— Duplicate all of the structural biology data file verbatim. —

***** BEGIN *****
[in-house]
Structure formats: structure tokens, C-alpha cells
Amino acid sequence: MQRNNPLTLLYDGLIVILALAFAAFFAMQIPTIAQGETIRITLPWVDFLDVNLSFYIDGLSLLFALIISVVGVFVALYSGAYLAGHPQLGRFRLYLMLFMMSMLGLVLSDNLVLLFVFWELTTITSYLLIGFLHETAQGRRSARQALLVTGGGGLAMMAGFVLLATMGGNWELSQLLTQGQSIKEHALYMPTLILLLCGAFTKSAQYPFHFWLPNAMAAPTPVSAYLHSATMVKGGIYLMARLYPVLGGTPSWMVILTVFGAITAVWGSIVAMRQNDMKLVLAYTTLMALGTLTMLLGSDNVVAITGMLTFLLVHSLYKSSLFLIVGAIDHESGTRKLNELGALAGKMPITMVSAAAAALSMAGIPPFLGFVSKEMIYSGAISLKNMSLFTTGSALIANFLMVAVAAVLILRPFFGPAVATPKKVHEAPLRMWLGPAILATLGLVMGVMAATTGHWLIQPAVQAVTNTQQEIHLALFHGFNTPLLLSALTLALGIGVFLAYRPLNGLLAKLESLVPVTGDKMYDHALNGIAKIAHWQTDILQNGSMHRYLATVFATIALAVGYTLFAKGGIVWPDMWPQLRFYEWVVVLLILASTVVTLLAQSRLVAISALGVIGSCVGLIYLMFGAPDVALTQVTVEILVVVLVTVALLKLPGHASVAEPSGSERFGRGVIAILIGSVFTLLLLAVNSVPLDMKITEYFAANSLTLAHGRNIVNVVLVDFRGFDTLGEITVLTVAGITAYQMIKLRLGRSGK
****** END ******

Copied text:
[in-house]
Structure formats: structure tokens, C-alpha cells
Amino acid sequence: MQRNNPLTLLYDGLIVILALAFAAFFAMQIPTIAQGETIRITLPWVDFLDVNLSFYIDGLSLLFALIISVVGVFVALYSGAYLAGHPQLGRFRLYLMLFMMSMLGLVLSDNLVLLFVFWELTTITSYLLIGFLHETAQGRRSARQALLVTGGGGLAMMAGFVLLATMGGNWELSQLLTQGQSIKEHALYMPTLILLLCGAFTKSAQYPFHFWLPNAMAAPTPVSAYLHSATMVKGGIYLMARLYPVLGGTPSWMVILTVFGAITAVWGSIVAMRQNDMKLVLAYTTLMALGTLTMLLGSDNVVAITGMLTFLLVHSLYKSSLFLIVGAIDHESGTRKLNELGALAGKMPITMVSAAAAALSMAGIPPFLGFVSKEMIYSGAISLKNMSLFTTGSALIANFLMVAVAAVLILRPFFGPAVATPKKVHEAPLRMWLGPAILATLGLVMGVMAATTGHWLIQPAVQAVTNTQQEIHLALFHGFNTPLLLSALTLALGIGVFLAYRPLNGLLAKLESLVPVTGDKMYDHALNGIAKIAHWQTDILQNGSMHRYLATVFATIALAVGYTLFAKGGIVWPDMWPQLRFYEWVVVLLILASTVVTLLAQSRLVAISALGVIGSCVGLIYLMFGAPDVALTQVTVEILVVVLVTVALLKLPGHASVAEPSGSERFGRGVIAILIGSVFTLLLLAVNSVPLDMKITEYFAANSLTLAHGRNIVNVVLVDFRGFDTLGEITVLTVAGITAYQMIKLRLGRSGK